Causes that hit close to home are the hardest to advocate. That’s my experience, anyway.
Donating even $10 causes me to feel, ironically, less sensitive to a remote situation, because my donation functioned as an assertion of control. In my mind, the pennies tossed toward purchasing a comfortable park bench somehow eases the consequences of global warming, let alone the needs of children in Africa. It’s as if my conscience puts on sunglasses and props up her feet while a perfectly irrational degree of selfishness takes over. I’ve done my piece, world. So there.
But some causes hit so close to home that they are impossible to ignore. And no matter where you reside in the US, the issues of domestic violence and sexual abuse literally—yes, literally—do.
Do you have a teenaged daughter? Precious preteen niece, neighbor, or nephew? Some of the cruelest crimes never make the news. 1 in 7 girls are sexually abused by age 18, and 1 in 5 by the time they reach 25.
Here is a hard question: What are you personally doing to change that statistic?
Furthermore, if your answer is nothing: what makes you the least bit confident that your beautiful children will never be abused?
The Little Black Dress Society strives to help survivors of sexual abuse and domestic violence in every way possible. But today’s post is not about the organization. It’s about the tragic pervasiveness of the cause.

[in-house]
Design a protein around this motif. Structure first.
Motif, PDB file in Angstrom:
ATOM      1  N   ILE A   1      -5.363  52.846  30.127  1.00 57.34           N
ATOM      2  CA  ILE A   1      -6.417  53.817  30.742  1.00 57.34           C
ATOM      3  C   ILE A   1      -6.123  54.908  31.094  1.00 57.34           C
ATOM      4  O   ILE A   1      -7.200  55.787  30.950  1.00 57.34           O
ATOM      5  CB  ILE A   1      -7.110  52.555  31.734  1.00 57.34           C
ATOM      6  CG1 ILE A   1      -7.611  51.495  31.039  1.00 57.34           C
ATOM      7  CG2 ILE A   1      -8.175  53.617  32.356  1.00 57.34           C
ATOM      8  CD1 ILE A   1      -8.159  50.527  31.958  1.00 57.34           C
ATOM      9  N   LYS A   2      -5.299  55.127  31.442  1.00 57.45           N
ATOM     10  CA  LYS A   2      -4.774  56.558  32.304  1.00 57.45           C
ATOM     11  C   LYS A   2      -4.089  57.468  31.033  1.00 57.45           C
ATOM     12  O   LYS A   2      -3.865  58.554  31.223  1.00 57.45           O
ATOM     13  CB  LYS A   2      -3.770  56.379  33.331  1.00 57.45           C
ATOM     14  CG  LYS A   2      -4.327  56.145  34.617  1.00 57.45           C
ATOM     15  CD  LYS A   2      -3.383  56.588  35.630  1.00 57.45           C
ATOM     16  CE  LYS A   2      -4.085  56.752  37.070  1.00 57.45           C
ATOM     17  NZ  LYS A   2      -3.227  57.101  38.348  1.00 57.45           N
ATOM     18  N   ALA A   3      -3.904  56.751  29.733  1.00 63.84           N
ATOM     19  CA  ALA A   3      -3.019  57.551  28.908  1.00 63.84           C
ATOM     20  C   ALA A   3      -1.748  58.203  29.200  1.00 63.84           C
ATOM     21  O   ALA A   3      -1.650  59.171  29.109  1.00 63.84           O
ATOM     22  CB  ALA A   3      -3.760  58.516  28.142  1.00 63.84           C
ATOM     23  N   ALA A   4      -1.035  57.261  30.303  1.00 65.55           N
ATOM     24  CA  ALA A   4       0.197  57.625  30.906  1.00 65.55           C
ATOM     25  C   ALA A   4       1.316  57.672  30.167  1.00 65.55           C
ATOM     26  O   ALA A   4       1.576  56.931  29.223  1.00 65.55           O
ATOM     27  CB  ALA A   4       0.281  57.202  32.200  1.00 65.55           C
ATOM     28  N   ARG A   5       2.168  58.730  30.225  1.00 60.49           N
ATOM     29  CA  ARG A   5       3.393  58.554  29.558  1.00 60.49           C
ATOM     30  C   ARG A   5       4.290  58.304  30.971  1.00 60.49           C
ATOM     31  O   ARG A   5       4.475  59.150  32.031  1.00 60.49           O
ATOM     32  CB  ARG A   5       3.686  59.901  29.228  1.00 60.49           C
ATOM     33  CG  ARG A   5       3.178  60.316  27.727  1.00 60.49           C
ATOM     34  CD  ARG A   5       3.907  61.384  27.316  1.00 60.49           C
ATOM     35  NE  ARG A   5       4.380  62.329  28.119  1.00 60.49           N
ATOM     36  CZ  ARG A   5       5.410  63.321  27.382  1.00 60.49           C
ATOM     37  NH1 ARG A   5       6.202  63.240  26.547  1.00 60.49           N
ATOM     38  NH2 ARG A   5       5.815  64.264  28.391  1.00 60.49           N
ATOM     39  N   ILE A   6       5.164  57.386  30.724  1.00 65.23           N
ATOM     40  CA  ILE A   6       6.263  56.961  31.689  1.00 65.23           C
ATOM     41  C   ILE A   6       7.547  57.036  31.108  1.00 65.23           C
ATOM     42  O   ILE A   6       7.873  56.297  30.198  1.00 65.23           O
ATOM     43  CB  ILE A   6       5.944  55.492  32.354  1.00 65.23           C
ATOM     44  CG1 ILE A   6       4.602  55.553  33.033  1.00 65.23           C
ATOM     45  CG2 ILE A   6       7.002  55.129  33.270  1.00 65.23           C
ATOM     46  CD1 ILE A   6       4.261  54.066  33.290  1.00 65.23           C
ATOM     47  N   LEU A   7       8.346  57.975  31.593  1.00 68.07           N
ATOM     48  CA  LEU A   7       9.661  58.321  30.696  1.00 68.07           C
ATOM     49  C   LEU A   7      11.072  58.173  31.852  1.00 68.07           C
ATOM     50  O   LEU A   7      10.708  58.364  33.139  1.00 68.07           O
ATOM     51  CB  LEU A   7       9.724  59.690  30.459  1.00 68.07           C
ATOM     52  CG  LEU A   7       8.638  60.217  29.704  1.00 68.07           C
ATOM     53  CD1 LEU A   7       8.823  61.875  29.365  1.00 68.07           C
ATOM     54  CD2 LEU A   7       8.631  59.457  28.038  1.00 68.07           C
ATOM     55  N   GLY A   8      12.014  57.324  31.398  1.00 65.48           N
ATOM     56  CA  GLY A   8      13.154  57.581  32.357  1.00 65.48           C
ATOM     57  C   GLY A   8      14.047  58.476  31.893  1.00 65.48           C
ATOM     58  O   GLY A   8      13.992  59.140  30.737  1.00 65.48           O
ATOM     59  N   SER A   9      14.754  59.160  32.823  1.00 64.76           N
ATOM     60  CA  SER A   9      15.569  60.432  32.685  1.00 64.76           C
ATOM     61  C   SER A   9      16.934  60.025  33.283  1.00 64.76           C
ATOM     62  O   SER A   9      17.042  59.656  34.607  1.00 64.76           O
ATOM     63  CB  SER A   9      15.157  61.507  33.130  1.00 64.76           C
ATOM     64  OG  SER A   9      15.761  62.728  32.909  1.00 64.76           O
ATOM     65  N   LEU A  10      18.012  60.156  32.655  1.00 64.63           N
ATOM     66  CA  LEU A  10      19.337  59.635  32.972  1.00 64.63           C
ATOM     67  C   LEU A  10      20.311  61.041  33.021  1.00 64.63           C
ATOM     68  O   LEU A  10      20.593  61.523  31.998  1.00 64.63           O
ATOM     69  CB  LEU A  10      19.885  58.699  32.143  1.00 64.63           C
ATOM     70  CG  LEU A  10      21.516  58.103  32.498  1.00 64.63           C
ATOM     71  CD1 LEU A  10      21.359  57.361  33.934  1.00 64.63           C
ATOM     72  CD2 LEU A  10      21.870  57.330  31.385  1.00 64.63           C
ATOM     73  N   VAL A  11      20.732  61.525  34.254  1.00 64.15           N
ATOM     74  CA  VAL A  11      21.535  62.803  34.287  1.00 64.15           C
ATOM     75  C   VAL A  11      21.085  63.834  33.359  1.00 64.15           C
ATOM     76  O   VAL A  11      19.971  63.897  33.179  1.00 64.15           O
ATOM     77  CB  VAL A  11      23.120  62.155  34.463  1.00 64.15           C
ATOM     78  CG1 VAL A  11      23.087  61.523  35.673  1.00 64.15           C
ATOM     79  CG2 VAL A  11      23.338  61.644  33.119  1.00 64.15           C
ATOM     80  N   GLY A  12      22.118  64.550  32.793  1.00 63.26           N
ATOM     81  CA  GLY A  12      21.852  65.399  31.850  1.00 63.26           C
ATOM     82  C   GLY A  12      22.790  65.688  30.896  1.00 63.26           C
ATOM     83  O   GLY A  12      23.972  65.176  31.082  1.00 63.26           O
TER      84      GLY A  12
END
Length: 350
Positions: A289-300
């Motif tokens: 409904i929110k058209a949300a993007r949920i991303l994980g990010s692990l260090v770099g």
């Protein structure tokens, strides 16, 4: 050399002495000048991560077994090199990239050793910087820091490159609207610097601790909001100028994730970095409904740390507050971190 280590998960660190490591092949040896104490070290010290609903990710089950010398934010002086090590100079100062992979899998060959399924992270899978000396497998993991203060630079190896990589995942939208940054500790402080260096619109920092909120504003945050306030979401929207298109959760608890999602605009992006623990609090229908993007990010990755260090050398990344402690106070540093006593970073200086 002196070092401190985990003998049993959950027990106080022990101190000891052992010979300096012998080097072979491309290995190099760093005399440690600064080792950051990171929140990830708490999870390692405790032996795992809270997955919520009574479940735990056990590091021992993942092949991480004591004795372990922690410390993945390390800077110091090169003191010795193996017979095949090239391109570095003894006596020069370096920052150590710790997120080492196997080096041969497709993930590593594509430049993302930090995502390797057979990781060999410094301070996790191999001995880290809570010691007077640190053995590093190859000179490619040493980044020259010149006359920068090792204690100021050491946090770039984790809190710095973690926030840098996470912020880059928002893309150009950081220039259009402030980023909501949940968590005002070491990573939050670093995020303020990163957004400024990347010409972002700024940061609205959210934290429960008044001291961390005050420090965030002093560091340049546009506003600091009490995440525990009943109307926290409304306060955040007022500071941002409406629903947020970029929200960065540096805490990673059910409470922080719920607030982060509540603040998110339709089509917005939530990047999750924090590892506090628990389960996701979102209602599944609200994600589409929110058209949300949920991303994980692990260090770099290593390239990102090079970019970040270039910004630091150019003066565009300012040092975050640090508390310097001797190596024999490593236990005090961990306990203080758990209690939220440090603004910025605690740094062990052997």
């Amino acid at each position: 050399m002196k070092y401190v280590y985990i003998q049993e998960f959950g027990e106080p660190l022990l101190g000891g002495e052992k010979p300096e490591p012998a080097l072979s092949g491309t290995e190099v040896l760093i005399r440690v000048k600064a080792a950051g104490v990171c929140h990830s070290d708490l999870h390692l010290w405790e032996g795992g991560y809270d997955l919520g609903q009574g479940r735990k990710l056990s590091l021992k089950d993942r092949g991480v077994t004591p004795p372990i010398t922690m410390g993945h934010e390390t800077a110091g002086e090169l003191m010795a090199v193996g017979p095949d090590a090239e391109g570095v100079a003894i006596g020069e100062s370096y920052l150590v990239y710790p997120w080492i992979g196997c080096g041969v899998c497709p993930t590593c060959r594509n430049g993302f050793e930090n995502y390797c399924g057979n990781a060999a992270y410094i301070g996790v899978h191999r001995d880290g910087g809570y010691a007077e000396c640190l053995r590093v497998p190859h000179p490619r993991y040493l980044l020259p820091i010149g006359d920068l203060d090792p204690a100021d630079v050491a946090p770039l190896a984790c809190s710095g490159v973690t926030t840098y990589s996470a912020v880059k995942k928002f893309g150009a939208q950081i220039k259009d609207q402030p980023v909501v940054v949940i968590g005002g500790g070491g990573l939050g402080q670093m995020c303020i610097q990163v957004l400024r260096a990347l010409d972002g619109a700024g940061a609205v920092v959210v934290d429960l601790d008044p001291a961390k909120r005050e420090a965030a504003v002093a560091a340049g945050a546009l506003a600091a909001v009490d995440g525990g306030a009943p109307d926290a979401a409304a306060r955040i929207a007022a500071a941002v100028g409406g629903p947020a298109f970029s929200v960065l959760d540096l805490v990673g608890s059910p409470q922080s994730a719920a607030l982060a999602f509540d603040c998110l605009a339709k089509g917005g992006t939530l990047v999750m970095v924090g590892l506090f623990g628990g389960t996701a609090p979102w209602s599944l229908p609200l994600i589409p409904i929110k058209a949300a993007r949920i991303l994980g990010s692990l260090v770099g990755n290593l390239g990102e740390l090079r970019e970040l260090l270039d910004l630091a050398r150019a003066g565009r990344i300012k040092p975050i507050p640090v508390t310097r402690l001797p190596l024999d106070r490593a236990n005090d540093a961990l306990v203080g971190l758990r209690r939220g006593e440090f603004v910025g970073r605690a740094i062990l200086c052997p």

If you’re hoping for an internet-induced dopamine rush, look elsewhere. This content is heavy. Read onward for 35 hard, cold, haunting facts about sexual abuse and domestic violence in America.
1 in 3 women and 1 in 4 men have already experienced sexual violence and/or stalking in their lifetime.
Nearly 1/3 of women who report domestic violence to the police are killed by their intimate partner.
An abusive individual with access to firearms is 5 times more likely to murder his partner than an abusive individual without access to such weapons.
Only 6% of male victims of sexual abuse reported the event to a medical professional at any point in their lifetimes.
Unless society makes progress for the better, 400,000 babies born this year will be victims of sexual abuse.
Women of multiracial descent are more likely to be raped, stalked, or domestically abused than white, African American, or Hispanic women.
Women between ages 18 and 14 are most likely to be sexually abused by an intimate partner than any other age bracket.
1 in 5 women and nearly 1 in 7 men who ever experienced rape, physical violence, and/or stalking by an intimate partner, first experienced some form of intimate partner violence between 11 and 17 years of age.
An employed woman with an unemployed partner is 2 times more likely to be psychologically abused by her partner.
Due to health complications caused by domestic abuse, 20-60% of domestic abuse survivors lose their jobs.
37% of all women who seek emergency room care for violence-related injuries were harmed by a current or former spouse or boyfriend.